Programme management in Question

Mick and Mili
Ed Miliband in Bridgwater during the 2014 floods meeting with  Julian Taylor (right)

The Major Incident was triggered on the Monday and pumps were due at Northmoor and Dunball by the Friday. In fact the pumps were 5 days late at Northmoor and 8 days late at Dunball.

Julian Taylor adds “The guys on the ground were excellent, but very poor programme management by the executive. What we have not talked about is the impact or personal and emotional health in communities having to face these issues have been told that all was well and that we wouldn’t have surface flooding again. In a  recent planning application in Fordgate, the applicants agents flooding experts said that there was no possibility of surface water flooding.  EA did not object to the application in spite of this being on land that is high risk zone 3.”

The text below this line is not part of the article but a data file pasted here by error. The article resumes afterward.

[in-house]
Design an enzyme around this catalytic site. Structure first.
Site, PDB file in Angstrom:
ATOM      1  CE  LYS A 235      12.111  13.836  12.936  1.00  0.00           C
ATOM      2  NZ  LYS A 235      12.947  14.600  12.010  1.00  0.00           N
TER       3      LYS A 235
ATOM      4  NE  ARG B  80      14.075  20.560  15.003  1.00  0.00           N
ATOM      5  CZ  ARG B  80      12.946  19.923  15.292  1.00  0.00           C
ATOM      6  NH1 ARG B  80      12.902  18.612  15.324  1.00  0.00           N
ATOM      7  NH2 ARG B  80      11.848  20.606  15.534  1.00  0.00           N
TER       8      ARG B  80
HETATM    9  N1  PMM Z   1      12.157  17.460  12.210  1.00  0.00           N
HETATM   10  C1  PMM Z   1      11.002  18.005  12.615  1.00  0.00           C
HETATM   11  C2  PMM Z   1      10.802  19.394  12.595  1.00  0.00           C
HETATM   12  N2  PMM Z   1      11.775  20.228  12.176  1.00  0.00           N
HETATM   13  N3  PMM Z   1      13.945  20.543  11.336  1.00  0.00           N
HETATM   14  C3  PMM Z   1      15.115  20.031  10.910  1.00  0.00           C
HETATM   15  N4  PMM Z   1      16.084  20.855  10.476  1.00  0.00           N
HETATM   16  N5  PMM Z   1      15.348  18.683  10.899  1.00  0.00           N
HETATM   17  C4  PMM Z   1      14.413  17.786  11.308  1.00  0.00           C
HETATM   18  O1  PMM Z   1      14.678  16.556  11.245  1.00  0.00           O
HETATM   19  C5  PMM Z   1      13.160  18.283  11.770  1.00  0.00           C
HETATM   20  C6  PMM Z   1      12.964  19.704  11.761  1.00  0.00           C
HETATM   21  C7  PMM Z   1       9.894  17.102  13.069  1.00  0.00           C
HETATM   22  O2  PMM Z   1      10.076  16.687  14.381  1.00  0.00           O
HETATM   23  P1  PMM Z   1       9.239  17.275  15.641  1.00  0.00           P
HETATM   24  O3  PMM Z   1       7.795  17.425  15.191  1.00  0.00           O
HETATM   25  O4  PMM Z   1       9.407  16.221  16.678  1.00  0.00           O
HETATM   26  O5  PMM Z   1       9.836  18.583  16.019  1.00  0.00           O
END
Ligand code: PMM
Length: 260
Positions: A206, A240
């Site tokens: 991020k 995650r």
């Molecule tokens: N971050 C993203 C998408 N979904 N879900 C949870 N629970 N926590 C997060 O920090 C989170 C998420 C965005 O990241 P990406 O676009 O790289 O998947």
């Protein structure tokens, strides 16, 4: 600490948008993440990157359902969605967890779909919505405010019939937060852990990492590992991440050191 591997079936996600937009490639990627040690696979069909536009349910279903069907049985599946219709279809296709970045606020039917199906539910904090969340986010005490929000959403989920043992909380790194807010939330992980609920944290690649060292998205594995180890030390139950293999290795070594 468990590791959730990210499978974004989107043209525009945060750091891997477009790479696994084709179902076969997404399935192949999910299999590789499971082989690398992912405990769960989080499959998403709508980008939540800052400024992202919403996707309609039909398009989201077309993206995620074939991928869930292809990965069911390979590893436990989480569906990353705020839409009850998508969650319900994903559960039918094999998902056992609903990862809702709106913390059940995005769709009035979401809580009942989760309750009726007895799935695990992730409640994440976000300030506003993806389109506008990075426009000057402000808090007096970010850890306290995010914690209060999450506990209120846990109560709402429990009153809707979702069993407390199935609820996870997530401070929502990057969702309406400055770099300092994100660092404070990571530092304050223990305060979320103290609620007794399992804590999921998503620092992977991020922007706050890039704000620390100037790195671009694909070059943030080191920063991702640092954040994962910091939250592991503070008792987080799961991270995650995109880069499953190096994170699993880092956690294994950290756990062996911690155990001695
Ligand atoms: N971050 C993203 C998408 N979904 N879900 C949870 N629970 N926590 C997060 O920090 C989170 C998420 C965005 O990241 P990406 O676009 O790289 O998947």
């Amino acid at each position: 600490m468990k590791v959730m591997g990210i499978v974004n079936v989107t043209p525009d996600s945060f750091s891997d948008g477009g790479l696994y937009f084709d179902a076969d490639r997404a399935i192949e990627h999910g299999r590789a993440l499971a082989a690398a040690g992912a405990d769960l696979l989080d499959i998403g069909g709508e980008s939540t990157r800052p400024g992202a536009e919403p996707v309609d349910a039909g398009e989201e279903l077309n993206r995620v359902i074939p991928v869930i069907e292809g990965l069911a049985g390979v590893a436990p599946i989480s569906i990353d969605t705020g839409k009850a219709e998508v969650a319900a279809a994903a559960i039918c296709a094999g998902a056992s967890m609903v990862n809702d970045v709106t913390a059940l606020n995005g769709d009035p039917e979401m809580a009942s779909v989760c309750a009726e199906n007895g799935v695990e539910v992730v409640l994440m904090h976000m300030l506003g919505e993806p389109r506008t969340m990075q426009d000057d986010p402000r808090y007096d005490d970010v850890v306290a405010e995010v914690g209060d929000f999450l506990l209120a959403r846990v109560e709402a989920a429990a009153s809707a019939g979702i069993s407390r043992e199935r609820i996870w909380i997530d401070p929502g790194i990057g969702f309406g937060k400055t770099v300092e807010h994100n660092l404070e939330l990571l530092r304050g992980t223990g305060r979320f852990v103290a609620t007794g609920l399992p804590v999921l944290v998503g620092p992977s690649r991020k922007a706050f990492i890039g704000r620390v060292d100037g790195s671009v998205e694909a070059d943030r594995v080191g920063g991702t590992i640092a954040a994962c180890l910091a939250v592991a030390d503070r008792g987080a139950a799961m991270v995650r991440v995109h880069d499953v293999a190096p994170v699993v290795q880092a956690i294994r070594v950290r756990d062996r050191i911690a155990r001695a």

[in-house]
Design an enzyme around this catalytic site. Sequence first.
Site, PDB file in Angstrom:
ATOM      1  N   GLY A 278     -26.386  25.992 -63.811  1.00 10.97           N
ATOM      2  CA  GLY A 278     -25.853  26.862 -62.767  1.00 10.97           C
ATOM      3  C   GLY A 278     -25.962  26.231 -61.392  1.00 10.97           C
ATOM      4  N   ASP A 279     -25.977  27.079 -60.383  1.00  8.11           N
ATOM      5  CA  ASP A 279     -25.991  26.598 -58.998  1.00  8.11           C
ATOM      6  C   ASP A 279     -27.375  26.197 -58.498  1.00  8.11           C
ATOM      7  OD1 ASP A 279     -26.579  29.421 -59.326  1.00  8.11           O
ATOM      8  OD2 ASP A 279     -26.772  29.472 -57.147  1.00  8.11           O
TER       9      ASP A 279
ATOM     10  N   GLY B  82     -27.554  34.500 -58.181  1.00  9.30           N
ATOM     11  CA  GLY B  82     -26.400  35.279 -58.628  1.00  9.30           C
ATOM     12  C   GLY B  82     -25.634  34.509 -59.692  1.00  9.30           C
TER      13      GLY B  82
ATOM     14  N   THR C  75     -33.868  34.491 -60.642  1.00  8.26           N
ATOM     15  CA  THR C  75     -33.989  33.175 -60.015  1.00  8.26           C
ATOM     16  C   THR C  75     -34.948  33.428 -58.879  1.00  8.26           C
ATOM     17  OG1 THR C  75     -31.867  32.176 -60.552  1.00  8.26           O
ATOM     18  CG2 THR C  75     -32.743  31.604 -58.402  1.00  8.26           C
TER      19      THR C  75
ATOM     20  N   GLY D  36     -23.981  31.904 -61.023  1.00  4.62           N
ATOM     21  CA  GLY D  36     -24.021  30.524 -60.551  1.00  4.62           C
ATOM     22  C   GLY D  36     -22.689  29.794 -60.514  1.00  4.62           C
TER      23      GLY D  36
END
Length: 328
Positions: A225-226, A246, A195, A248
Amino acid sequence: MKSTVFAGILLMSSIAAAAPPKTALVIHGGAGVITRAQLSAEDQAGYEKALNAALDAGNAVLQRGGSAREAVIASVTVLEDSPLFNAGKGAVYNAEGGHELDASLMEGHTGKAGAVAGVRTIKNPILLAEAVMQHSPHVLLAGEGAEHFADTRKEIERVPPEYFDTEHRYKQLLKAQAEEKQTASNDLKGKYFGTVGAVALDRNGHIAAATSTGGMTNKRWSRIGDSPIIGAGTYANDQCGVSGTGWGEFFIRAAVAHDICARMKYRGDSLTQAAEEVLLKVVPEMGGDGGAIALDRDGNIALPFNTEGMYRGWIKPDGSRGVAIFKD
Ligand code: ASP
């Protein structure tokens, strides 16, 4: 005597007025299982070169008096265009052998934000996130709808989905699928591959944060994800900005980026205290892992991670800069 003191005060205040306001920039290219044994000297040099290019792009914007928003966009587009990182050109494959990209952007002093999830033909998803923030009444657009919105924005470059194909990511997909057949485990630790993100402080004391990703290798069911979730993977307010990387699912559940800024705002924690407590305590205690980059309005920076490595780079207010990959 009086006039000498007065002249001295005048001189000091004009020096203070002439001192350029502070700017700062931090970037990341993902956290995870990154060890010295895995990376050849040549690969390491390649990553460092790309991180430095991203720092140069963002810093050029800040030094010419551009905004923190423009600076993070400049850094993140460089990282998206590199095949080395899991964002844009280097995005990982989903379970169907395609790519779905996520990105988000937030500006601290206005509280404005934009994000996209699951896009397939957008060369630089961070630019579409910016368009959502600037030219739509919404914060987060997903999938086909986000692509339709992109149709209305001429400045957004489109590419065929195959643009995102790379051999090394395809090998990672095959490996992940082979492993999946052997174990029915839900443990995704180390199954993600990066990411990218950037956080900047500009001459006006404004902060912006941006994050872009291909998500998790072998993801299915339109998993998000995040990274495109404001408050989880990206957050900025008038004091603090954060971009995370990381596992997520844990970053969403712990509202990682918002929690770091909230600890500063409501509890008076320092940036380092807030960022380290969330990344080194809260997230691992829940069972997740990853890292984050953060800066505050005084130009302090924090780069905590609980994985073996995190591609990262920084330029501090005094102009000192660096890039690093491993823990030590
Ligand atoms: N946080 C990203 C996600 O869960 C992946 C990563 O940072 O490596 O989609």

The official responses..

Jim Flory of the Environment Agency said: “We have been seeing an improving picture in Somerset over the last few days, with enough water to fill more than 23 million bathtubs a day being pumped back into rivers.Staff continue to work day and night to monitor and stage this major pumping operation as there is still lots of work to do and water to remove. We are grateful to all involved, including our partners, for their help and support.”

The fields are filling up again

Cllr Bill Revans, Leader of Somerset County Council, said: “The decision to stand up a major incident was not taken lightly, but it was the right move at that time to ensure everyone was ready to take further actions to support our communities if needed.  Thankfully, conditions have improved, and I am grateful to colleagues in the Environment Agency for their efforts to bring in additional pumps. We will continue to work closely with both partners and local people to monitor the situation and are well placed to react swiftly should the need arise.” 

The A361 between East Lyng and Burrowbridge is now mostly clear of flooding but remains closed this morning while sweeping and additional salting takes place